Test 42 : If appropriate, an additional “permission to leave” tick-box should be included. This can help improve the order to delivery process by reducing the need for re-deliveries.
Test 43 : If your site offers a reminder service or subscriptions (i.e. sending product on a regular basis), the user needs to give permission to be re-contacted, or for you to process future orders and payments. You’ll need to ask them to tick a box to give permission, and test that the tick-box works correctly.
Check-out – order details
With a product selected for your test, you now test how your e-Commerce site handles an actual order. This includes testing that you gather delivery details and process transactions correctly, and links directly to testing your order to delivery system.
In the shipping information, capture the customers name (ideally as two separate data fields for first name and last name), their title (Mr, Mrs, Miss etc) and their delivery address.
These field should all be mandatory. You can’t deliver without them.
If you haven’t already asked for them, then also ask for preferred contact details e.g. an email address and / or a contact telephone number. You’ll need this to keep customers informed on the progress of their order.
Test 44 : Make clear completion of all shipping information fields is mandatory. Try to place a test order while leaving each field blank. Make sure a warning message appears asking the customer to complete the field and the order doesn’t go forward with missing information.
Test 45 : Check the delivery option only allows delivery to valid addresses that match your shipping policy. For example, if you don’t deliver to PO Boxes, put in an address that includes a PO Box. Make sure the system doesn’t accept it. If you only deliver to certain geographic locations e.g. specific postcodes or countries, try to place orders from invalid postcodes or countries. Again, make sure the order is declined.
Test 46 : If you use an additional address validation service like Google Maps Autocomplete, test placing orders from address which you know are valid. Test placing orders from addresses which you know are invalid. Make sure valid orders are accepted, and invalid orders declined.
The default option on most e-Commerce websites is to tick a box that says the billing information matches the shipping information. However, this is not always the case. If you ask for an order to be delivered to your work address for example, or you are sending a gift, you’ll need to enter different billing information.
Test 47 : Check the Billing Address matches Shipping Address can be toggled on and off. If toggled off, additional billing address details can be entered on the form. Repeat tests 43 – 45 for the billing address.
Payment will usually be via credit card – Mastercard, Visa or American Express – or via a payment service provider like PayPal or Afterpay.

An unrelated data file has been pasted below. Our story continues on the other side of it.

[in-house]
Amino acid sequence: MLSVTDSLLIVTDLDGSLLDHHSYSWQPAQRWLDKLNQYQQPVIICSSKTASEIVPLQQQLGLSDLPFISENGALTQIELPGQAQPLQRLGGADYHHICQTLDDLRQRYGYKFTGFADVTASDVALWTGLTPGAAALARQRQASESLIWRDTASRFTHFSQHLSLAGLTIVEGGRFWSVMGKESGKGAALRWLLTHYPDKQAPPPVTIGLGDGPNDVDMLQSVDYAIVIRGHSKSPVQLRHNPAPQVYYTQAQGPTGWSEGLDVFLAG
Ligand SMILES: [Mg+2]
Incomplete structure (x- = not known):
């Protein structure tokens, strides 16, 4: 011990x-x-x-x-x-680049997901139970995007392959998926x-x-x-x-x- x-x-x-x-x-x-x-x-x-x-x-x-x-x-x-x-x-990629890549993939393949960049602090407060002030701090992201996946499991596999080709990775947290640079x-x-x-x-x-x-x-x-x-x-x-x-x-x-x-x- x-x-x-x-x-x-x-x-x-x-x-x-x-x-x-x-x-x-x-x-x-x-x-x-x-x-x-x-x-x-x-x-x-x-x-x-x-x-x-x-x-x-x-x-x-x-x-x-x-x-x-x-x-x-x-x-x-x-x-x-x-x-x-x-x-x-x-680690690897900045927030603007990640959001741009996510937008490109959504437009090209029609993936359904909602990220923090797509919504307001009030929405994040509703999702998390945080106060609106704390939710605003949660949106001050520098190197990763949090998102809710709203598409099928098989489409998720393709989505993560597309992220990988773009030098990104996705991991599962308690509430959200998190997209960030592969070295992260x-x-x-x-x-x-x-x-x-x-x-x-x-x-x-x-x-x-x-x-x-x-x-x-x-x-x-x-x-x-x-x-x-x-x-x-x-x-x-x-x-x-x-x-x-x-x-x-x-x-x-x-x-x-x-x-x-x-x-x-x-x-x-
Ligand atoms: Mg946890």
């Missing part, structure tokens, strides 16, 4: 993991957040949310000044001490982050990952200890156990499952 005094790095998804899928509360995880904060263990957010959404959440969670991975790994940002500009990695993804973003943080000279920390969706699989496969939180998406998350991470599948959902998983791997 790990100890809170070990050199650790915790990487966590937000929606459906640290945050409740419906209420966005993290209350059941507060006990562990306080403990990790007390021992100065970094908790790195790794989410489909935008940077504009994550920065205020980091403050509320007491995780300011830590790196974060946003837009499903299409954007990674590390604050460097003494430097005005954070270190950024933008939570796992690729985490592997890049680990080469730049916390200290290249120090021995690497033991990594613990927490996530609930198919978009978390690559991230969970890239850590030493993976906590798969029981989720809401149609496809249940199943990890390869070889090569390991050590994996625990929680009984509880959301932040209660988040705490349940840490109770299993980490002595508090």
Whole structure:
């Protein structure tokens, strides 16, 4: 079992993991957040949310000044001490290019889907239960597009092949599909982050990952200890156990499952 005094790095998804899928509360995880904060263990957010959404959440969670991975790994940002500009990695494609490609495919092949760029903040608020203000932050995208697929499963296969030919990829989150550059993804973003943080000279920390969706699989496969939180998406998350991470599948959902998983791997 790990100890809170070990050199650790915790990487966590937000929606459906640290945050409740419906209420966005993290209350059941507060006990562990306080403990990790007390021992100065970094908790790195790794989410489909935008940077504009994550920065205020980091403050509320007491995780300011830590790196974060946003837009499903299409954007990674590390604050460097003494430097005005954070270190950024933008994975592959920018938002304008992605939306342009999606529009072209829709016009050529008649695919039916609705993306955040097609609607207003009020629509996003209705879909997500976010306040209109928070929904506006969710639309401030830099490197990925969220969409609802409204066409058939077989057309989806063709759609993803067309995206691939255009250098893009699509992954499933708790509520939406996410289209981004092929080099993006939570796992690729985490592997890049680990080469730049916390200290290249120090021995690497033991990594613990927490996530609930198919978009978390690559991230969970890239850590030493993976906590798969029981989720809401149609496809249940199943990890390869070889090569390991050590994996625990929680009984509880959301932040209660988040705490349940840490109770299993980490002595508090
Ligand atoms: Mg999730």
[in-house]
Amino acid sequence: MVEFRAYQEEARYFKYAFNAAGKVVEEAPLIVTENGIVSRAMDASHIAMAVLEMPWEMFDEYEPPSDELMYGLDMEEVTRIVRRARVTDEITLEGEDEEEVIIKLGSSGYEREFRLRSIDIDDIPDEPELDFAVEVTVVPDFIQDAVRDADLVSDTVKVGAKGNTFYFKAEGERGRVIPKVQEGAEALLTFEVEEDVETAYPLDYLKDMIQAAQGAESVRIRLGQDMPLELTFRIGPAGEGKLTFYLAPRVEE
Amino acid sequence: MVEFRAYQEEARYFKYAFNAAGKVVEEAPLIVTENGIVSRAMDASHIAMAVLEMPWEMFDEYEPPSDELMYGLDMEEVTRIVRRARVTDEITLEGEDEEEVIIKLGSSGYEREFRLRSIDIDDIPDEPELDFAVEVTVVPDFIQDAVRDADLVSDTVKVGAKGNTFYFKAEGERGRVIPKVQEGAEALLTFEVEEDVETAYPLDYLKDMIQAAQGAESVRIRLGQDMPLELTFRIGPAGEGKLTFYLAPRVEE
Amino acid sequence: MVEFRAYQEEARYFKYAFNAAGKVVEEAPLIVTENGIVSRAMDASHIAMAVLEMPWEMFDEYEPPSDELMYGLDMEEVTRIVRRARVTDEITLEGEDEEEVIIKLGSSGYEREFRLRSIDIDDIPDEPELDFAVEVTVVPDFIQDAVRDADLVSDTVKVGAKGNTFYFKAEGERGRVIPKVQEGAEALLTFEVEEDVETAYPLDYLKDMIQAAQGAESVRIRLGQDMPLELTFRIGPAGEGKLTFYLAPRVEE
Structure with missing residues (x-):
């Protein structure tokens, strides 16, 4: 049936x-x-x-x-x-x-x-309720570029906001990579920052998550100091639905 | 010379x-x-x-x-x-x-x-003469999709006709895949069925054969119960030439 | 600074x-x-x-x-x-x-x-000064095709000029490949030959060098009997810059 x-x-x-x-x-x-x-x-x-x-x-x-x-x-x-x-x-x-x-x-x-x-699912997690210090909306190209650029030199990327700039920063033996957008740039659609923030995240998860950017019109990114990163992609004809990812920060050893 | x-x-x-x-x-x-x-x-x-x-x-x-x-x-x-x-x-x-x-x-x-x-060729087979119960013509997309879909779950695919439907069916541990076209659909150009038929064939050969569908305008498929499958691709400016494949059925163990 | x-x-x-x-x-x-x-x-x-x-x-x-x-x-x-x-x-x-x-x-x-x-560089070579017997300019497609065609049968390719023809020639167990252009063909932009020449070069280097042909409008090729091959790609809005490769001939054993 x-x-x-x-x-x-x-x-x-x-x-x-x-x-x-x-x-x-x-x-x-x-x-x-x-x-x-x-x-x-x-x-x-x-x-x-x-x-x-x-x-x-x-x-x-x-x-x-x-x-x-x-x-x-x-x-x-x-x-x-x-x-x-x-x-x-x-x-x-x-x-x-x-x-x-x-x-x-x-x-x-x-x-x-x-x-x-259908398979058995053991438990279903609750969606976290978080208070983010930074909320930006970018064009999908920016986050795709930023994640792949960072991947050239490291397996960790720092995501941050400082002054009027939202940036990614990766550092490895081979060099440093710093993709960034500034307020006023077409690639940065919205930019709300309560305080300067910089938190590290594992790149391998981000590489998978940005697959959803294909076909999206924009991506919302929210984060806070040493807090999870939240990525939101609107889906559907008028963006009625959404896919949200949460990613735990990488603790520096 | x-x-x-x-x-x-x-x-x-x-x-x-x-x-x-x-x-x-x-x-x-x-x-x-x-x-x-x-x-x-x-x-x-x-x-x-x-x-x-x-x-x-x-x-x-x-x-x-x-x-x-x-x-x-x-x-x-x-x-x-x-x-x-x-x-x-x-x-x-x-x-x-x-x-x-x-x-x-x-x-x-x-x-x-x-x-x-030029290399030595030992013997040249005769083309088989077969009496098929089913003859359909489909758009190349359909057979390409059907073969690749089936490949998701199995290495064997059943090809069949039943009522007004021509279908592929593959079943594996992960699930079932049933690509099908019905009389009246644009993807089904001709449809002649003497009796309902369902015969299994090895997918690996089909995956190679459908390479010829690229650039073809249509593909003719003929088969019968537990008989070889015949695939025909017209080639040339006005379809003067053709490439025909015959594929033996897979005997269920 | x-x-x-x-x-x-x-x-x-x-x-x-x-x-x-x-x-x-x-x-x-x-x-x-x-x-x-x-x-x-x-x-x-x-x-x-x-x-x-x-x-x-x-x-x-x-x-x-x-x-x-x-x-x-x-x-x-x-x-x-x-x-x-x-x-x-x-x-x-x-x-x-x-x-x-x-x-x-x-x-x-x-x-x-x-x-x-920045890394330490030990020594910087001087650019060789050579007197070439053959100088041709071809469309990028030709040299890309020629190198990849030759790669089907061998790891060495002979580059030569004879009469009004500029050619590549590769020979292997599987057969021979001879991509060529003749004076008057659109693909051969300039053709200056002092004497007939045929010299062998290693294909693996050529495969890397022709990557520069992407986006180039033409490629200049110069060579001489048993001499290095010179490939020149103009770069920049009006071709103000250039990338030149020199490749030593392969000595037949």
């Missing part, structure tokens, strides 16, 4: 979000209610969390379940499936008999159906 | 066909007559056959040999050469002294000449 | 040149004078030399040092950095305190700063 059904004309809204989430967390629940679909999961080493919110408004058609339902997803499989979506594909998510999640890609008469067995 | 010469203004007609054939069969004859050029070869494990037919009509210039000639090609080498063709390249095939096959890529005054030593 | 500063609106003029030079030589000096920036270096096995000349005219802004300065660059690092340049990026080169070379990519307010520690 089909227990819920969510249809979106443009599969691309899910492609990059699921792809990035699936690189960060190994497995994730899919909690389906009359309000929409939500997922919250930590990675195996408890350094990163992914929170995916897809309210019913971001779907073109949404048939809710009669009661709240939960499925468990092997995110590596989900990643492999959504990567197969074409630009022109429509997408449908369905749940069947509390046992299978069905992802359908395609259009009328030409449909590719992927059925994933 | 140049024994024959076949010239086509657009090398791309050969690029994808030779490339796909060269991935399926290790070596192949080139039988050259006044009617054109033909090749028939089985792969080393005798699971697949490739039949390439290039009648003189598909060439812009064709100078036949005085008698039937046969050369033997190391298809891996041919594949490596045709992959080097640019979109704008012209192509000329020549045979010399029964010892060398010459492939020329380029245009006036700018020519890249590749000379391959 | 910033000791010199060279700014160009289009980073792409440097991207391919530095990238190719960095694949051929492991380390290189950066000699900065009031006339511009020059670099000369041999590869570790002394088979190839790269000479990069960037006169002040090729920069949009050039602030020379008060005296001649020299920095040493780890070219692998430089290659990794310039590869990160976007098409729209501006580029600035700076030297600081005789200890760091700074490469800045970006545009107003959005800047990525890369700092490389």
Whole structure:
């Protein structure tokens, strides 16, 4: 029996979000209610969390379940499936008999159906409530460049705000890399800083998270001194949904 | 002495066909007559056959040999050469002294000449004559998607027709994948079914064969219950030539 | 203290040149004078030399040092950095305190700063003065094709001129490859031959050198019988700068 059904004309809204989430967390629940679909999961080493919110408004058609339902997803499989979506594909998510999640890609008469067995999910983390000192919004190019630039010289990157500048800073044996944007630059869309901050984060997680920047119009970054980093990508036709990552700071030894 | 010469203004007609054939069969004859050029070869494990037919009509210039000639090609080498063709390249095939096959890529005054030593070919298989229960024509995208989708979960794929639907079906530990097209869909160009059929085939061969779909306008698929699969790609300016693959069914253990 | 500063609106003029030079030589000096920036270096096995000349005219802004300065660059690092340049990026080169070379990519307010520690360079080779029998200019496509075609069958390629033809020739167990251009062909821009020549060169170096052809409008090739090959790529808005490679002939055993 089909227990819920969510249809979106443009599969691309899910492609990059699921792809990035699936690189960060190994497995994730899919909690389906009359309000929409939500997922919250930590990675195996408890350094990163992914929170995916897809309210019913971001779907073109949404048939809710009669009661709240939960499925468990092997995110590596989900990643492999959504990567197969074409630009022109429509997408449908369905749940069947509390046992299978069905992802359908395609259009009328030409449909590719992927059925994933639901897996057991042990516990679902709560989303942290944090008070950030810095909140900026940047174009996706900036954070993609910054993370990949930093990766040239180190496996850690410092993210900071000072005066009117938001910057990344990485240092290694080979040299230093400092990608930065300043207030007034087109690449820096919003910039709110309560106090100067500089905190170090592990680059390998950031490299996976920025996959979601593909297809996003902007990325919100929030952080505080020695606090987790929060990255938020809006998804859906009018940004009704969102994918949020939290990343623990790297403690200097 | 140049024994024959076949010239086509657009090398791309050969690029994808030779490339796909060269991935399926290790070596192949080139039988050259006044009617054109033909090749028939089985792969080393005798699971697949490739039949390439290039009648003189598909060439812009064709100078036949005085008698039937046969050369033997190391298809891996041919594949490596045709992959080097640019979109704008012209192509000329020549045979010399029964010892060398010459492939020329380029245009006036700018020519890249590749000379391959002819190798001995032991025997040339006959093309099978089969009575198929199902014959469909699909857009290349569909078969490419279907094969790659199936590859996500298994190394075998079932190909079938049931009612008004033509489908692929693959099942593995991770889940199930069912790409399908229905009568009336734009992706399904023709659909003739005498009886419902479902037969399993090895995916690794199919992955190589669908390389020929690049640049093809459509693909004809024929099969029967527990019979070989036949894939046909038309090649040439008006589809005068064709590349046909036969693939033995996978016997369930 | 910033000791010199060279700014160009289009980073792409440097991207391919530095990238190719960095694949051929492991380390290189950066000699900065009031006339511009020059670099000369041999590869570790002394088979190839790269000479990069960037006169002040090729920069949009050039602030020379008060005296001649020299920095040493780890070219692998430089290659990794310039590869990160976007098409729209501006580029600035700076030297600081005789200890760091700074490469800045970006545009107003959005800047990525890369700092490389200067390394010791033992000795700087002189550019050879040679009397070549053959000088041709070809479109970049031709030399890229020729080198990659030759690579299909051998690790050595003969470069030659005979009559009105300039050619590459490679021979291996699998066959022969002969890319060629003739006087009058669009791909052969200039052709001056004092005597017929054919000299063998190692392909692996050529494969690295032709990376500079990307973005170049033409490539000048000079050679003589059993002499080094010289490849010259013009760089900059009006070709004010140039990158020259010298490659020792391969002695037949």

You’ll need to have set up and connected a payment gateway system to process payments into your bank account. (see our guide on order to delivery for more on this).
Normally, these systems give you “dummy” payment details you can use to test your system pre-launch. (they simulate a payment).
Test 48 : Using your “dummy” payment details, complete the relevant sections of the payment form – name, card number, expiry date, CVV code – and test that the system accepts a valid order.
Test 49 : Try to place an order with a deliberately invalid set of details – a made up name / credit card number for example. Make sure the system declines invalid payments.
Test 50 : If you’ve set up any payment rules within your payment gateway – e.g. reject orders over a certain value or from specific countries – try to place orders which “break” these rules. Make sure the system declines these invalid orders.
Post – purchase notifications
Once the order is placed, you need to keep the customer informed of the order progress and status. You can either push out direct messages e.g. email, or have an automatically updated tracking page where they can follow their order’s progress.
Test 51 : After placing an order, run it through your order to delivery system. Make sure notification alerts are sent out correctly to the customer. For example you can send emails or alerts when the order is received, when it’s dispatched and when it’s delivered.
Test 52 : If your delivery service provider allows delivery tracking – e.g. by providing you a code / link when they receive your order, place an order and check this code / link appears in the notification to the customer. Make sure the details of the code / link reflect the actual progress of the order. If the code / link fails at any point, test to make sure the customer can easily find your contact details.
Conclusion - testing e-Commerce websites
In this article, we’ve covered the most common scenarios you’ll need for testing e-Commerce websites.
Depending how you set up your online store customer experience, there may well be more tests, but this will give you solid base of tests to work from on any e-Commerce website.
As we said at the start, testing e-Commerce websites is vital but unglamorous. It’ll keep your customers happy, but it takes a lot of hard work.